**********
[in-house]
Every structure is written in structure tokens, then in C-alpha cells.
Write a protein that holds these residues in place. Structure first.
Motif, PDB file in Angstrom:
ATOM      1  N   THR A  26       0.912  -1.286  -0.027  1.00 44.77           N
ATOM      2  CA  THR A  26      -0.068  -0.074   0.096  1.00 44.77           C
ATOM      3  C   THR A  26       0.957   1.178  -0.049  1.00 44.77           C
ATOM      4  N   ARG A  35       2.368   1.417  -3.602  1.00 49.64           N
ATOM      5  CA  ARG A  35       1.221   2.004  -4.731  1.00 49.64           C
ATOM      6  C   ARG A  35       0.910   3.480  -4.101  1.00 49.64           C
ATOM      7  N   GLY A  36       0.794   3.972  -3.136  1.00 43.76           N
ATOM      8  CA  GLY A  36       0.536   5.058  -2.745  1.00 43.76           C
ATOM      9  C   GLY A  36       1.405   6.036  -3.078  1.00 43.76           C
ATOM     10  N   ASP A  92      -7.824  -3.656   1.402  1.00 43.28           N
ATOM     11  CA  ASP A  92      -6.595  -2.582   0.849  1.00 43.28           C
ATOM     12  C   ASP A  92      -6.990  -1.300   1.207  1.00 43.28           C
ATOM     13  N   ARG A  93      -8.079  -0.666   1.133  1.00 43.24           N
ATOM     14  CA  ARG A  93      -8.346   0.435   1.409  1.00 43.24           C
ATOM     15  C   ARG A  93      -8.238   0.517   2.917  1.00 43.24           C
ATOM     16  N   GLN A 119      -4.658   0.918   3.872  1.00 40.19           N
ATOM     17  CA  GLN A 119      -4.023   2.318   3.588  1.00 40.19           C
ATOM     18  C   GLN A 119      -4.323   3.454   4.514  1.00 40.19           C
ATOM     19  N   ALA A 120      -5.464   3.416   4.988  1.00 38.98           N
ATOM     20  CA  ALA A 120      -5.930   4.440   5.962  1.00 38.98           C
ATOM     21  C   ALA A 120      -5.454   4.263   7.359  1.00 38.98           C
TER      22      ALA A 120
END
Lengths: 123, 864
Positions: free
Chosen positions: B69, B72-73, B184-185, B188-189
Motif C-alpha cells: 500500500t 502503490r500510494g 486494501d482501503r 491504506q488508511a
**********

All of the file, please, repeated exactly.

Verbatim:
[in-house]
Every structure is written in structure tokens, then in C-alpha cells.
Write a protein that holds these residues in place. Structure first.
Motif, PDB file in Angstrom:
ATOM      1  N   THR A  26       0.912  -1.286  -0.027  1.00 44.77           N
ATOM      2  CA  THR A  26      -0.068  -0.074   0.096  1.00 44.77           C
ATOM      3  C   THR A  26       0.957   1.178  -0.049  1.00 44.77           C
ATOM      4  N   ARG A  35       2.368   1.417  -3.602  1.00 49.64           N
ATOM      5  CA  ARG A  35       1.221   2.004  -4.731  1.00 49.64           C
ATOM      6  C   ARG A  35       0.910   3.480  -4.101  1.00 49.64           C
ATOM      7  N   GLY A  36       0.794   3.972  -3.136  1.00 43.76           N
ATOM      8  CA  GLY A  36       0.536   5.058  -2.745  1.00 43.76           C
ATOM      9  C   GLY A  36       1.405   6.036  -3.078  1.00 43.76           C
ATOM     10  N   ASP A  92      -7.824  -3.656   1.402  1.00 43.28           N
ATOM     11  CA  ASP A  92      -6.595  -2.582   0.849  1.00 43.28           C
ATOM     12  C   ASP A  92      -6.990  -1.300   1.207  1.00 43.28           C
ATOM     13  N   ARG A  93      -8.079  -0.666   1.133  1.00 43.24           N
ATOM     14  CA  ARG A  93      -8.346   0.435   1.409  1.00 43.24           C
ATOM     15  C   ARG A  93      -8.238   0.517   2.917  1.00 43.24           C
ATOM     16  N   GLN A 119      -4.658   0.918   3.872  1.00 40.19           N
ATOM     17  CA  GLN A 119      -4.023   2.318   3.588  1.00 40.19           C
ATOM     18  C   GLN A 119      -4.323   3.454   4.514  1.00 40.19           C
ATOM     19  N   ALA A 120      -5.464   3.416   4.988  1.00 38.98           N
ATOM     20  CA  ALA A 120      -5.930   4.440   5.962  1.00 38.98           C
ATOM     21  C   ALA A 120      -5.454   4.263   7.359  1.00 38.98           C
TER      22      ALA A 120
END
Lengths: 123, 864
Positions: free
Chosen positions: B69, B72-73, B184-185, B188-189
Motif C-alpha cells: 500500500t 502503490r500510494g 486494501d482501503r 491504506q488508511a